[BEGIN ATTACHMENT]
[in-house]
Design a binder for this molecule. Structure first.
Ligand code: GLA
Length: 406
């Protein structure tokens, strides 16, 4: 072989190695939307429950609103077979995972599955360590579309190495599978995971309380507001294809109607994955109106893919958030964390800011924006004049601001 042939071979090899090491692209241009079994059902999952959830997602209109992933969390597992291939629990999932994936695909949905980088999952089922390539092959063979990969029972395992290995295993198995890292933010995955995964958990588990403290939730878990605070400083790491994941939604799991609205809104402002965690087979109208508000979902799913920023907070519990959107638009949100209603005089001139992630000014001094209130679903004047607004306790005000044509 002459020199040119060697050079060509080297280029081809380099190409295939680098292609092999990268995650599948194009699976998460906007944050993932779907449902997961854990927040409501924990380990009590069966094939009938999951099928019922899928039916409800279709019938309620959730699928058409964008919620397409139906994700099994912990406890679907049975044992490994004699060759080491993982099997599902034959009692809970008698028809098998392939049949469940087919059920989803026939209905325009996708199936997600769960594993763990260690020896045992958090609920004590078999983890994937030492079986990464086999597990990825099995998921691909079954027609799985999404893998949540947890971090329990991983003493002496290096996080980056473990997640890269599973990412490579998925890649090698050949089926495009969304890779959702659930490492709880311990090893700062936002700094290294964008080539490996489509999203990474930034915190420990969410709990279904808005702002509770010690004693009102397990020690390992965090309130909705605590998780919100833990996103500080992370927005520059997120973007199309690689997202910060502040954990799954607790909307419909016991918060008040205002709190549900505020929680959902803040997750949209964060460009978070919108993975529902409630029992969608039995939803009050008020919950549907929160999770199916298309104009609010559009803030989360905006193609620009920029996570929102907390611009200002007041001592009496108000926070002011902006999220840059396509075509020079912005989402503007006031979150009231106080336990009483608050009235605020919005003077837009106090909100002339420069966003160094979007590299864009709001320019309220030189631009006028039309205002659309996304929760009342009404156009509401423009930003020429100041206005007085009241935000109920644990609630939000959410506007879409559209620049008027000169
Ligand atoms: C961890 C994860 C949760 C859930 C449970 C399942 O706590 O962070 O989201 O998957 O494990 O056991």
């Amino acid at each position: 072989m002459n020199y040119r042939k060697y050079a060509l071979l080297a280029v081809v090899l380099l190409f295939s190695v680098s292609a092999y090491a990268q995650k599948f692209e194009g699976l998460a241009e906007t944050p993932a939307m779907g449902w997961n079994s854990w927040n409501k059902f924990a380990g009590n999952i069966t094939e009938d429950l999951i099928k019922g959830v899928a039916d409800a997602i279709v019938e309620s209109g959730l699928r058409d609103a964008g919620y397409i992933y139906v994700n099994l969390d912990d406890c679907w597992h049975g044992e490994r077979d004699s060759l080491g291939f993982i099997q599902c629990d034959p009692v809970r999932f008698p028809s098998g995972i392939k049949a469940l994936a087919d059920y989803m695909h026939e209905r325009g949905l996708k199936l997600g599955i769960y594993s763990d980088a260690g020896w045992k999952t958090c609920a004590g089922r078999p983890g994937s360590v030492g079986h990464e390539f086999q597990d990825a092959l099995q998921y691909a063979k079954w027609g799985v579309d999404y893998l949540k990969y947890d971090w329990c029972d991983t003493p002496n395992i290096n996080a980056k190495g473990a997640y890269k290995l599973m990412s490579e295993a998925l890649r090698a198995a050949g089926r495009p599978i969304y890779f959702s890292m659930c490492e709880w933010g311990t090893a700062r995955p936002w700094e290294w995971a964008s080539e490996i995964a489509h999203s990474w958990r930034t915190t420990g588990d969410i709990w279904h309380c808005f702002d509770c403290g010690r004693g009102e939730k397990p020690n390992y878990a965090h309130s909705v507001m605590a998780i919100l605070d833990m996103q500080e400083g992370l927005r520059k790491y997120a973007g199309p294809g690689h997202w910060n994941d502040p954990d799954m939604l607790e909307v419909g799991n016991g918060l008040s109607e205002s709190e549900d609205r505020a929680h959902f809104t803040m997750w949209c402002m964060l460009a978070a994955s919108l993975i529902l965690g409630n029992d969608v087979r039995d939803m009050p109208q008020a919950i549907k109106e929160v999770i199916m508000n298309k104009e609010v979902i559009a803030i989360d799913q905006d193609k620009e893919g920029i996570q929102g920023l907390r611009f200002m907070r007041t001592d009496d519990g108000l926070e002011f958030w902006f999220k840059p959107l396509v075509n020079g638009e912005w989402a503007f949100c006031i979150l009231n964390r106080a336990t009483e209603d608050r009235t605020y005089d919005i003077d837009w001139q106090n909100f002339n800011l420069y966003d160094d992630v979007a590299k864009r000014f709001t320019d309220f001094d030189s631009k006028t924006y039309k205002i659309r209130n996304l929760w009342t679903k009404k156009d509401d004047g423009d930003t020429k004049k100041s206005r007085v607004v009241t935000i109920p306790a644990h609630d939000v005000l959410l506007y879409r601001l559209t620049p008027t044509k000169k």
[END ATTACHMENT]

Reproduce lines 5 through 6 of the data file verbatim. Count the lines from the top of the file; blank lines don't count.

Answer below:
């Protein structure tokens, strides 16, 4: 072989190695939307429950609103077979995972599955360590579309190495599978995971309380507001294809109607994955109106893919958030964390800011924006004049601001 042939071979090899090491692209241009079994059902999952959830997602209109992933969390597992291939629990999932994936695909949905980088999952089922390539092959063979990969029972395992290995295993198995890292933010995955995964958990588990403290939730878990605070400083790491994941939604799991609205809104402002965690087979109208508000979902799913920023907070519990959107638009949100209603005089001139992630000014001094209130679903004047607004306790005000044509 002459020199040119060697050079060509080297280029081809380099190409295939680098292609092999990268995650599948194009699976998460906007944050993932779907449902997961854990927040409501924990380990009590069966094939009938999951099928019922899928039916409800279709019938309620959730699928058409964008919620397409139906994700099994912990406890679907049975044992490994004699060759080491993982099997599902034959009692809970008698028809098998392939049949469940087919059920989803026939209905325009996708199936997600769960594993763990260690020896045992958090609920004590078999983890994937030492079986990464086999597990990825099995998921691909079954027609799985999404893998949540947890971090329990991983003493002496290096996080980056473990997640890269599973990412490579998925890649090698050949089926495009969304890779959702659930490492709880311990090893700062936002700094290294964008080539490996489509999203990474930034915190420990969410709990279904808005702002509770010690004693009102397990020690390992965090309130909705605590998780919100833990996103500080992370927005520059997120973007199309690689997202910060502040954990799954607790909307419909016991918060008040205002709190549900505020929680959902803040997750949209964060460009978070919108993975529902409630029992969608039995939803009050008020919950549907929160999770199916298309104009609010559009803030989360905006193609620009920029996570929102907390611009200002007041001592009496108000926070002011902006999220840059396509075509020079912005989402503007006031979150009231106080336990009483608050009235605020919005003077837009106090909100002339420069966003160094979007590299864009709001320019309220030189631009006028039309205002659309996304929760009342009404156009509401423009930003020429100041206005007085009241935000109920644990609630939000959410506007879409559209620049008027000169
Ligand atoms: C961890 C994860 C949760 C859930 C449970 C399942 O706590 O962070 O989201 O998957 O494990 O056991």